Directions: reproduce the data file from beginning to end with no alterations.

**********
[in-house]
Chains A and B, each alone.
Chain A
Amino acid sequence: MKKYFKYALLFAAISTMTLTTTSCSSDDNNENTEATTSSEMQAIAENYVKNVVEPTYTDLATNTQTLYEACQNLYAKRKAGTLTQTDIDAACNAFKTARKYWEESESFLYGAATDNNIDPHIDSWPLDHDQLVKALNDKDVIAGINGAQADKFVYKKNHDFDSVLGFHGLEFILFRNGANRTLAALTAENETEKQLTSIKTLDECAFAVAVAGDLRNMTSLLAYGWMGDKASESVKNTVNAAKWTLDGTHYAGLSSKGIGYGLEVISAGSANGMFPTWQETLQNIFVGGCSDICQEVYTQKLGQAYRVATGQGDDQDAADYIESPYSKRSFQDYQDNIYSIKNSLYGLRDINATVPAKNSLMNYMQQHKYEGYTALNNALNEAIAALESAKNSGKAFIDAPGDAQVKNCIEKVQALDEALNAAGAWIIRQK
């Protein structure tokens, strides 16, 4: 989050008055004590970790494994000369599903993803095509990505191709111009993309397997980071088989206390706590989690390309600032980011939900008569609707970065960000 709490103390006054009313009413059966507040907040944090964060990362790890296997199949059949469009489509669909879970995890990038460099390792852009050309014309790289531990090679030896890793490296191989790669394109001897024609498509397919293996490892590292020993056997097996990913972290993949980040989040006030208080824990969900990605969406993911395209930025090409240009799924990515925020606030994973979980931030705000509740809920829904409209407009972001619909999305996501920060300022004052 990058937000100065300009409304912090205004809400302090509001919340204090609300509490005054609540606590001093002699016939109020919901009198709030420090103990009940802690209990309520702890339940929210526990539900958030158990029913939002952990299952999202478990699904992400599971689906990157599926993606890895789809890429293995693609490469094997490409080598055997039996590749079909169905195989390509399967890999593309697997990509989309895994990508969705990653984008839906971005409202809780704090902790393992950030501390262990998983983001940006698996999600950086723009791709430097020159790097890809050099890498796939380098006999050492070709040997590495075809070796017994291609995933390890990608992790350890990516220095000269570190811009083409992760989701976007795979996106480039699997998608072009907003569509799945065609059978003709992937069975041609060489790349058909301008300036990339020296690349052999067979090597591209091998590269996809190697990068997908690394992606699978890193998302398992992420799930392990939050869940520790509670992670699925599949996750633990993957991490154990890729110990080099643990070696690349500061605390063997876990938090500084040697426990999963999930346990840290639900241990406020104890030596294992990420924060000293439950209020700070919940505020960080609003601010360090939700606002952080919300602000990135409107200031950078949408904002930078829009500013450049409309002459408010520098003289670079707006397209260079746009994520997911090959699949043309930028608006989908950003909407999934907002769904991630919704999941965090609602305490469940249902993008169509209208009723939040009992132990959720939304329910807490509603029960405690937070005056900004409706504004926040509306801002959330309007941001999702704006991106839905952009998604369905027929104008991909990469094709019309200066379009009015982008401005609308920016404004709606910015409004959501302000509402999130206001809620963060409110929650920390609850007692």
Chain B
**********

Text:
[in-house]
Chains A and B, each alone.
Chain A
Amino acid sequence: MKKYFKYALLFAAISTMTLTTTSCSSDDNNENTEATTSSEMQAIAENYVKNVVEPTYTDLATNTQTLYEACQNLYAKRKAGTLTQTDIDAACNAFKTARKYWEESESFLYGAATDNNIDPHIDSWPLDHDQLVKALNDKDVIAGINGAQADKFVYKKNHDFDSVLGFHGLEFILFRNGANRTLAALTAENETEKQLTSIKTLDECAFAVAVAGDLRNMTSLLAYGWMGDKASESVKNTVNAAKWTLDGTHYAGLSSKGIGYGLEVISAGSANGMFPTWQETLQNIFVGGCSDICQEVYTQKLGQAYRVATGQGDDQDAADYIESPYSKRSFQDYQDNIYSIKNSLYGLRDINATVPAKNSLMNYMQQHKYEGYTALNNALNEAIAALESAKNSGKAFIDAPGDAQVKNCIEKVQALDEALNAAGAWIIRQK
């Protein structure tokens, strides 16, 4: 989050008055004590970790494994000369599903993803095509990505191709111009993309397997980071088989206390706590989690390309600032980011939900008569609707970065960000 709490103390006054009313009413059966507040907040944090964060990362790890296997199949059949469009489509669909879970995890990038460099390792852009050309014309790289531990090679030896890793490296191989790669394109001897024609498509397919293996490892590292020993056997097996990913972290993949980040989040006030208080824990969900990605969406993911395209930025090409240009799924990515925020606030994973979980931030705000509740809920829904409209407009972001619909999305996501920060300022004052 990058937000100065300009409304912090205004809400302090509001919340204090609300509490005054609540606590001093002699016939109020919901009198709030420090103990009940802690209990309520702890339940929210526990539900958030158990029913939002952990299952999202478990699904992400599971689906990157599926993606890895789809890429293995693609490469094997490409080598055997039996590749079909169905195989390509399967890999593309697997990509989309895994990508969705990653984008839906971005409202809780704090902790393992950030501390262990998983983001940006698996999600950086723009791709430097020159790097890809050099890498796939380098006999050492070709040997590495075809070796017994291609995933390890990608992790350890990516220095000269570190811009083409992760989701976007795979996106480039699997998608072009907003569509799945065609059978003709992937069975041609060489790349058909301008300036990339020296690349052999067979090597591209091998590269996809190697990068997908690394992606699978890193998302398992992420799930392990939050869940520790509670992670699925599949996750633990993957991490154990890729110990080099643990070696690349500061605390063997876990938090500084040697426990999963999930346990840290639900241990406020104890030596294992990420924060000293439950209020700070919940505020960080609003601010360090939700606002952080919300602000990135409107200031950078949408904002930078829009500013450049409309002459408010520098003289670079707006397209260079746009994520997911090959699949043309930028608006989908950003909407999934907002769904991630919704999941965090609602305490469940249902993008169509209208009723939040009992132990959720939304329910807490509603029960405690937070005056900004409706504004926040509306801002959330309007941001999702704006991106839905952009998604369905027929104008991909990469094709019309200066379009009015982008401005609308920016404004709606910015409004959501302000509402999130206001809620963060409110929650920390609850007692």
Chain B